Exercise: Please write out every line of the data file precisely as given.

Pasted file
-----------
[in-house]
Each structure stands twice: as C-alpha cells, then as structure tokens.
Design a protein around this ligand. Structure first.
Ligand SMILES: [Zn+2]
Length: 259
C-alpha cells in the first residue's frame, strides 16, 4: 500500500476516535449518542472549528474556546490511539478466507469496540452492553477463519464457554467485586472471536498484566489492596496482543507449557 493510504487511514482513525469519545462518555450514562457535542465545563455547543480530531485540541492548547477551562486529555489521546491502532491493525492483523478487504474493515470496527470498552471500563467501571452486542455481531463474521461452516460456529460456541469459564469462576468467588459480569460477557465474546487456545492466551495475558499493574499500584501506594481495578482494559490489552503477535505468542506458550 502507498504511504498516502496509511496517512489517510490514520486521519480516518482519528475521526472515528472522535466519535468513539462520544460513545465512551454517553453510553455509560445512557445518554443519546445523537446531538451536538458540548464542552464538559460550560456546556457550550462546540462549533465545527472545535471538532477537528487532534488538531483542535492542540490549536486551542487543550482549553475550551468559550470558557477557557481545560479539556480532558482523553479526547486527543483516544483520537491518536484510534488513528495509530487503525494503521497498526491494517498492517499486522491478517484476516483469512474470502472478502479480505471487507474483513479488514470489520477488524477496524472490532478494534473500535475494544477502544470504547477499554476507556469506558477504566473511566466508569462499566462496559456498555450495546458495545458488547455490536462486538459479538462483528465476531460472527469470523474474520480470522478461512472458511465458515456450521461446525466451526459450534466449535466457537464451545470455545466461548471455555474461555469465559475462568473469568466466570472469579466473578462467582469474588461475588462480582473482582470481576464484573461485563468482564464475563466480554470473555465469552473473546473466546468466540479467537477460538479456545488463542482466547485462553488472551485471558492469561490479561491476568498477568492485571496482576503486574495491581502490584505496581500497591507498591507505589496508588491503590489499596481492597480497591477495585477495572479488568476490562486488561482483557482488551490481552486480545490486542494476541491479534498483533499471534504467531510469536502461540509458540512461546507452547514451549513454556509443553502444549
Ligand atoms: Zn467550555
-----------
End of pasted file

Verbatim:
[in-house]
Each structure stands twice: as C-alpha cells, then as structure tokens.
Design a protein around this ligand. Structure first.
Ligand SMILES: [Zn+2]
Length: 259
C-alpha cells in the first residue's frame, strides 16, 4: 500500500476516535449518542472549528474556546490511539478466507469496540452492553477463519464457554467485586472471536498484566489492596496482543507449557 493510504487511514482513525469519545462518555450514562457535542465545563455547543480530531485540541492548547477551562486529555489521546491502532491493525492483523478487504474493515470496527470498552471500563467501571452486542455481531463474521461452516460456529460456541469459564469462576468467588459480569460477557465474546487456545492466551495475558499493574499500584501506594481495578482494559490489552503477535505468542506458550 502507498504511504498516502496509511496517512489517510490514520486521519480516518482519528475521526472515528472522535466519535468513539462520544460513545465512551454517553453510553455509560445512557445518554443519546445523537446531538451536538458540548464542552464538559460550560456546556457550550462546540462549533465545527472545535471538532477537528487532534488538531483542535492542540490549536486551542487543550482549553475550551468559550470558557477557557481545560479539556480532558482523553479526547486527543483516544483520537491518536484510534488513528495509530487503525494503521497498526491494517498492517499486522491478517484476516483469512474470502472478502479480505471487507474483513479488514470489520477488524477496524472490532478494534473500535475494544477502544470504547477499554476507556469506558477504566473511566466508569462499566462496559456498555450495546458495545458488547455490536462486538459479538462483528465476531460472527469470523474474520480470522478461512472458511465458515456450521461446525466451526459450534466449535466457537464451545470455545466461548471455555474461555469465559475462568473469568466466570472469579466473578462467582469474588461475588462480582473482582470481576464484573461485563468482564464475563466480554470473555465469552473473546473466546468466540479467537477460538479456545488463542482466547485462553488472551485471558492469561490479561491476568498477568492485571496482576503486574495491581502490584505496581500497591507498591507505589496508588491503590489499596481492597480497591477495585477495572479488568476490562486488561482483557482488551490481552486480545490486542494476541491479534498483533499471534504467531510469536502461540509458540512461546507452547514451549513454556509443553502444549
Ligand atoms: Zn467550555